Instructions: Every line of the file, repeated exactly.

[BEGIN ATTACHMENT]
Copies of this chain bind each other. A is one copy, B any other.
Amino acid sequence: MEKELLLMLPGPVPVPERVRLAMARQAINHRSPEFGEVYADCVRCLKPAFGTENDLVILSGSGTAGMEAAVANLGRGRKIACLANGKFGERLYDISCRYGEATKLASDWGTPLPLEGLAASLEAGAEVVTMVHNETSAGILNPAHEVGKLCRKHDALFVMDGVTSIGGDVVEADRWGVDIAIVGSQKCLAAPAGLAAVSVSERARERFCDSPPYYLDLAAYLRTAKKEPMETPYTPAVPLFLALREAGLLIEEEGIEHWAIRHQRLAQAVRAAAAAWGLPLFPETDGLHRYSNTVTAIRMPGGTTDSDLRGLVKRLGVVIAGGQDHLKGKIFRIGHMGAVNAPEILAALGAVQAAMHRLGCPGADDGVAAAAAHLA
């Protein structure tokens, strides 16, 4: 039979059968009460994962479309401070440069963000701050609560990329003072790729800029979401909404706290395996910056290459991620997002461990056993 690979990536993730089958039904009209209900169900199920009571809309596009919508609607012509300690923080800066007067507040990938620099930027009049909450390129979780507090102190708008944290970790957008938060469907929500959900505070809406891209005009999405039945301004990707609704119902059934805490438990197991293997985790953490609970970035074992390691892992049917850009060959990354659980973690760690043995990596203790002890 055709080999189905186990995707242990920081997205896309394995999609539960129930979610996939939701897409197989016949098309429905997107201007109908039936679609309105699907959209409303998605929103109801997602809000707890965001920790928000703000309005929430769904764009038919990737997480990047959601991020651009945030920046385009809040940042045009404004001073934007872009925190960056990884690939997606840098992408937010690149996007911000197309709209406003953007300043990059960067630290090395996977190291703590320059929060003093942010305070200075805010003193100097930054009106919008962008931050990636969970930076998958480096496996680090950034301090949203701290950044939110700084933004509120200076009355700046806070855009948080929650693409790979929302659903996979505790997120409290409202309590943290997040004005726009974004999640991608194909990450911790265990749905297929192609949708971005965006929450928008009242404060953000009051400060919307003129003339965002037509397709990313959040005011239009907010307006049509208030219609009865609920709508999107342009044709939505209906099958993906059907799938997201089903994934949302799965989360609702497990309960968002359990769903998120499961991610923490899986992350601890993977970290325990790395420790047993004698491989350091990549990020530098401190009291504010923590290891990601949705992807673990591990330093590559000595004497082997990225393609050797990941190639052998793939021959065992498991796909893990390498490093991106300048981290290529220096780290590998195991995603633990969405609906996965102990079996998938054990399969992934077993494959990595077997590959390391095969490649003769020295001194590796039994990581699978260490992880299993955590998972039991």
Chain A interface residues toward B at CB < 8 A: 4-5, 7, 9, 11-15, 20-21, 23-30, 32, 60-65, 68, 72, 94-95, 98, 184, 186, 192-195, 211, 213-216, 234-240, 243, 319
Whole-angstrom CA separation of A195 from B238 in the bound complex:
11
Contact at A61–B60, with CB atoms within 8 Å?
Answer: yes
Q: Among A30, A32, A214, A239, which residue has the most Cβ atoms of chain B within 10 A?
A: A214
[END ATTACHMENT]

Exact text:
Copies of this chain bind each other. A is one copy, B any other.
Amino acid sequence: MEKELLLMLPGPVPVPERVRLAMARQAINHRSPEFGEVYADCVRCLKPAFGTENDLVILSGSGTAGMEAAVANLGRGRKIACLANGKFGERLYDISCRYGEATKLASDWGTPLPLEGLAASLEAGAEVVTMVHNETSAGILNPAHEVGKLCRKHDALFVMDGVTSIGGDVVEADRWGVDIAIVGSQKCLAAPAGLAAVSVSERARERFCDSPPYYLDLAAYLRTAKKEPMETPYTPAVPLFLALREAGLLIEEEGIEHWAIRHQRLAQAVRAAAAAWGLPLFPETDGLHRYSNTVTAIRMPGGTTDSDLRGLVKRLGVVIAGGQDHLKGKIFRIGHMGAVNAPEILAALGAVQAAMHRLGCPGADDGVAAAAAHLA
């Protein structure tokens, strides 16, 4: 039979059968009460994962479309401070440069963000701050609560990329003072790729800029979401909404706290395996910056290459991620997002461990056993 690979990536993730089958039904009209209900169900199920009571809309596009919508609607012509300690923080800066007067507040990938620099930027009049909450390129979780507090102190708008944290970790957008938060469907929500959900505070809406891209005009999405039945301004990707609704119902059934805490438990197991293997985790953490609970970035074992390691892992049917850009060959990354659980973690760690043995990596203790002890 055709080999189905186990995707242990920081997205896309394995999609539960129930979610996939939701897409197989016949098309429905997107201007109908039936679609309105699907959209409303998605929103109801997602809000707890965001920790928000703000309005929430769904764009038919990737997480990047959601991020651009945030920046385009809040940042045009404004001073934007872009925190960056990884690939997606840098992408937010690149996007911000197309709209406003953007300043990059960067630290090395996977190291703590320059929060003093942010305070200075805010003193100097930054009106919008962008931050990636969970930076998958480096496996680090950034301090949203701290950044939110700084933004509120200076009355700046806070855009948080929650693409790979929302659903996979505790997120409290409202309590943290997040004005726009974004999640991608194909990450911790265990749905297929192609949708971005965006929450928008009242404060953000009051400060919307003129003339965002037509397709990313959040005011239009907010307006049509208030219609009865609920709508999107342009044709939505209906099958993906059907799938997201089903994934949302799965989360609702497990309960968002359990769903998120499961991610923490899986992350601890993977970290325990790395420790047993004698491989350091990549990020530098401190009291504010923590290891990601949705992807673990591990330093590559000595004497082997990225393609050797990941190639052998793939021959065992498991796909893990390498490093991106300048981290290529220096780290590998195991995603633990969405609906996965102990079996998938054990399969992934077993494959990595077997590959390391095969490649003769020295001194590796039994990581699978260490992880299993955590998972039991």
Chain A interface residues toward B at CB < 8 A: 4-5, 7, 9, 11-15, 20-21, 23-30, 32, 60-65, 68, 72, 94-95, 98, 184, 186, 192-195, 211, 213-216, 234-240, 243, 319
Whole-angstrom CA separation of A195 from B238 in the bound complex:
11
Contact at A61–B60, with CB atoms within 8 Å?
Answer: yes
Q: Among A30, A32, A214, A239, which residue has the most Cβ atoms of chain B within 10 A?
A: A214